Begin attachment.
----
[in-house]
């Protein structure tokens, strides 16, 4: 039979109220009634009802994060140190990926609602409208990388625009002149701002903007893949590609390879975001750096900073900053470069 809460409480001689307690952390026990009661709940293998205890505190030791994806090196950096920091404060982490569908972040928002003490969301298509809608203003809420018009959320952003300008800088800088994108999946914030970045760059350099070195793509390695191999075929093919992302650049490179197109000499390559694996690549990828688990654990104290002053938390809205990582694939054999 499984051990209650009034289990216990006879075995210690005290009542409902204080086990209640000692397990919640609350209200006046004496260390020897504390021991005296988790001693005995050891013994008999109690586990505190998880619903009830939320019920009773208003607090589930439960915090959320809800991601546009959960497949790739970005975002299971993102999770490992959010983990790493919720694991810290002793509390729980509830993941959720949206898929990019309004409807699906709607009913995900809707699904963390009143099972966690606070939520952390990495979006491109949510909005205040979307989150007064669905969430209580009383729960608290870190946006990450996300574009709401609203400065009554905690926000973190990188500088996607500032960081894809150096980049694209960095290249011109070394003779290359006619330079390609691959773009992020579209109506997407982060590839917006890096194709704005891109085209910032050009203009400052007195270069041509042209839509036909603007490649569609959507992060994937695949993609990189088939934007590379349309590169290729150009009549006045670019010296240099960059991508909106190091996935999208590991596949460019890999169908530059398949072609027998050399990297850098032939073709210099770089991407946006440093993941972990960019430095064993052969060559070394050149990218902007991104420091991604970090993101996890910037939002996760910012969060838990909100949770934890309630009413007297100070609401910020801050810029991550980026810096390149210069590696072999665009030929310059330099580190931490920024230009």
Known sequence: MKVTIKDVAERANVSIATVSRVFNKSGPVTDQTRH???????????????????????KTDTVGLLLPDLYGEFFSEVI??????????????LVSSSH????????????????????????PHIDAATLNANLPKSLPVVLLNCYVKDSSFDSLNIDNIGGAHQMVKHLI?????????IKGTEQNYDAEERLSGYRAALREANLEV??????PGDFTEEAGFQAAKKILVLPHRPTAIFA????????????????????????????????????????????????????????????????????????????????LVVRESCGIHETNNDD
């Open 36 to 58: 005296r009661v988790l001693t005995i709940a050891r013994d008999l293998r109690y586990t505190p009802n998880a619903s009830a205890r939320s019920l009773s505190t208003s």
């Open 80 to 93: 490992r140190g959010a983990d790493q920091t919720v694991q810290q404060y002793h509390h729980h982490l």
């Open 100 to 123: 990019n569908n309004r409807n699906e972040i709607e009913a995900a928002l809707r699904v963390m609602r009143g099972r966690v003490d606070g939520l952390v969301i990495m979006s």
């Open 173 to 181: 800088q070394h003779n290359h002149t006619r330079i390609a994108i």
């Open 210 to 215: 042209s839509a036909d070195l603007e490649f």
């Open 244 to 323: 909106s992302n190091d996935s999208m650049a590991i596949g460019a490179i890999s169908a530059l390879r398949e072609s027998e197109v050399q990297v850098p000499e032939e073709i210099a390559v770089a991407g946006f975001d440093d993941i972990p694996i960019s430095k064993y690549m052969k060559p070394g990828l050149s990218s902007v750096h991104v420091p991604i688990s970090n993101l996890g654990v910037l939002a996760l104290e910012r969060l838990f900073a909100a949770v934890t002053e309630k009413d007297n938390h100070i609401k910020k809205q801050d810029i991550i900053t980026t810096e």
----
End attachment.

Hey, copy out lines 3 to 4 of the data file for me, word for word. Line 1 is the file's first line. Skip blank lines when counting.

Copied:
Known sequence: MKVTIKDVAERANVSIATVSRVFNKSGPVTDQTRH???????????????????????KTDTVGLLLPDLYGEFFSEVI??????????????LVSSSH????????????????????????PHIDAATLNANLPKSLPVVLLNCYVKDSSFDSLNIDNIGGAHQMVKHLI?????????IKGTEQNYDAEERLSGYRAALREANLEV??????PGDFTEEAGFQAAKKILVLPHRPTAIFA????????????????????????????????????????????????????????????????????????????????LVVRESCGIHETNNDD
């Open 36 to 58: 005296r009661v988790l001693t005995i709940a050891r013994d008999l293998r109690y586990t505190p009802n998880a619903s009830a205890r939320s019920l009773s505190t208003s």